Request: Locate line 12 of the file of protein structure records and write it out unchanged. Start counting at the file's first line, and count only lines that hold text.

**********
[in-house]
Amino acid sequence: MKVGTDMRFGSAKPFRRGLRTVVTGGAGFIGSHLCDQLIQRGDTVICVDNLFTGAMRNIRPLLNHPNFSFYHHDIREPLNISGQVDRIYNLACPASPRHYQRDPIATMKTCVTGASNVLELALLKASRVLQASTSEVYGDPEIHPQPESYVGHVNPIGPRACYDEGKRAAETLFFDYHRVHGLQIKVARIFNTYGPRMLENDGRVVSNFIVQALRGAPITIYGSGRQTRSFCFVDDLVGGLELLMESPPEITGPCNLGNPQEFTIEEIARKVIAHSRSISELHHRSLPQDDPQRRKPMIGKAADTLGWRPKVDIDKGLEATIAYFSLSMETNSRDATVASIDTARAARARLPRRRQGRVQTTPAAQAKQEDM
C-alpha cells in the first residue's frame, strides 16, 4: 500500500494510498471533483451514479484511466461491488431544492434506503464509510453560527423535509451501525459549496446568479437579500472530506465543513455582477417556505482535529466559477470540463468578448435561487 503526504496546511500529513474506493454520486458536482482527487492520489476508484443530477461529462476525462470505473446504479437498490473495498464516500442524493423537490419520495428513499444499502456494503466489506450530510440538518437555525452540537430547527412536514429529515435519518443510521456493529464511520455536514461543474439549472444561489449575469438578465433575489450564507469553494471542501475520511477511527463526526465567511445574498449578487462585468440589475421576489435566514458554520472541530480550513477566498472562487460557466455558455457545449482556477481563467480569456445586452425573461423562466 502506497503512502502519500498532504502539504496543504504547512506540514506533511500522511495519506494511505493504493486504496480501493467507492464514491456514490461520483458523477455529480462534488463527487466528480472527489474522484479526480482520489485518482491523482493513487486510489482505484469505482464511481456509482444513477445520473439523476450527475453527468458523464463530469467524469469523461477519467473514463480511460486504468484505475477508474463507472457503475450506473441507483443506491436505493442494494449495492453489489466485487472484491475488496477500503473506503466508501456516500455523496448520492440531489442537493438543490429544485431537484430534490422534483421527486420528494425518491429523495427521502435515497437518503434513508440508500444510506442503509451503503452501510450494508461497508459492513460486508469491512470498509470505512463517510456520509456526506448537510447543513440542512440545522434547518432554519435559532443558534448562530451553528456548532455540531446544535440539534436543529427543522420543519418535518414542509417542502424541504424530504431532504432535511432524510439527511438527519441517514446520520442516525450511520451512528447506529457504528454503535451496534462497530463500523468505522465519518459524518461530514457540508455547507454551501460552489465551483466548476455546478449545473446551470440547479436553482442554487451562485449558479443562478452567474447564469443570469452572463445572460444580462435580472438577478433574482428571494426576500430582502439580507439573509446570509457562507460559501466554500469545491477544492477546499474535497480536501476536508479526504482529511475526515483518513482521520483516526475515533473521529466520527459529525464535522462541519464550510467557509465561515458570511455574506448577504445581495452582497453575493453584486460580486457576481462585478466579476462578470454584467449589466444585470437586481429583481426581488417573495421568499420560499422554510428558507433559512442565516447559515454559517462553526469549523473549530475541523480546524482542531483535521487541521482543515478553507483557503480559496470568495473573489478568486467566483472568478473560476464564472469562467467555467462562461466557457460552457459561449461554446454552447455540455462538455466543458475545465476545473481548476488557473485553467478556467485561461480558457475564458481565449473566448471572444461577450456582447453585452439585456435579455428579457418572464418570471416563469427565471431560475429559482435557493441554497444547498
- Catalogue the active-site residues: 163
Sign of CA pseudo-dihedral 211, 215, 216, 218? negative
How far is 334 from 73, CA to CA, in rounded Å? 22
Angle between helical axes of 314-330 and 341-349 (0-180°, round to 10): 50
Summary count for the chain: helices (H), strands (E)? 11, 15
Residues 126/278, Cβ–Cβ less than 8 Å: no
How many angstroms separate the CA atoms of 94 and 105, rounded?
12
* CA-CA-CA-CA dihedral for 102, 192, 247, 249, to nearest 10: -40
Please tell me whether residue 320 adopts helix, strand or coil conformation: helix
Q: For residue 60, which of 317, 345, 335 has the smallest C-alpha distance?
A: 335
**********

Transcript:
* CA-CA-CA-CA dihedral for 102, 192, 247, 249, to nearest 10: -40